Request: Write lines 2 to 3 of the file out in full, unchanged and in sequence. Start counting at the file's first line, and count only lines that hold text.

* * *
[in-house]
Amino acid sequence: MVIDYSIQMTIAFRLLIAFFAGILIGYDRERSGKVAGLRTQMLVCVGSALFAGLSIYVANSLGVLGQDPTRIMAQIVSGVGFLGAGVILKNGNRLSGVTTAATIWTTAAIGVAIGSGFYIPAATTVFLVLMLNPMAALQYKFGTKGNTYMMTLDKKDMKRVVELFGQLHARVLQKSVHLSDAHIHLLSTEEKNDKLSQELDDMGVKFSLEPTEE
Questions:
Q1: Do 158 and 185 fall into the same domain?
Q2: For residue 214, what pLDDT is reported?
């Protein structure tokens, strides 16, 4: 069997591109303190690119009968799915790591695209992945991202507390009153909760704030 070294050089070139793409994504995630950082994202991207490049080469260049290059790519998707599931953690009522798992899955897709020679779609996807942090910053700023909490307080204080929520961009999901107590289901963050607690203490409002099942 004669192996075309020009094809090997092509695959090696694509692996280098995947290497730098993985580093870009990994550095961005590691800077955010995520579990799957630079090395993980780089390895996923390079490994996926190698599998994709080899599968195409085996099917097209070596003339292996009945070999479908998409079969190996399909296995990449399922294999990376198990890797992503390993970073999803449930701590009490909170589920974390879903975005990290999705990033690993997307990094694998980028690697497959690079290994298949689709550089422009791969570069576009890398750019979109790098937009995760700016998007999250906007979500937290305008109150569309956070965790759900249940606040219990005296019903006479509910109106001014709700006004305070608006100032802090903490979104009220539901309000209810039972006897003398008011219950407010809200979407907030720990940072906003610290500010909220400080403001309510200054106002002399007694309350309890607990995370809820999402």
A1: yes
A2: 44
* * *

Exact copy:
Amino acid sequence: MVIDYSIQMTIAFRLLIAFFAGILIGYDRERSGKVAGLRTQMLVCVGSALFAGLSIYVANSLGVLGQDPTRIMAQIVSGVGFLGAGVILKNGNRLSGVTTAATIWTTAAIGVAIGSGFYIPAATTVFLVLMLNPMAALQYKFGTKGNTYMMTLDKKDMKRVVELFGQLHARVLQKSVHLSDAHIHLLSTEEKNDKLSQELDDMGVKFSLEPTEE
Questions: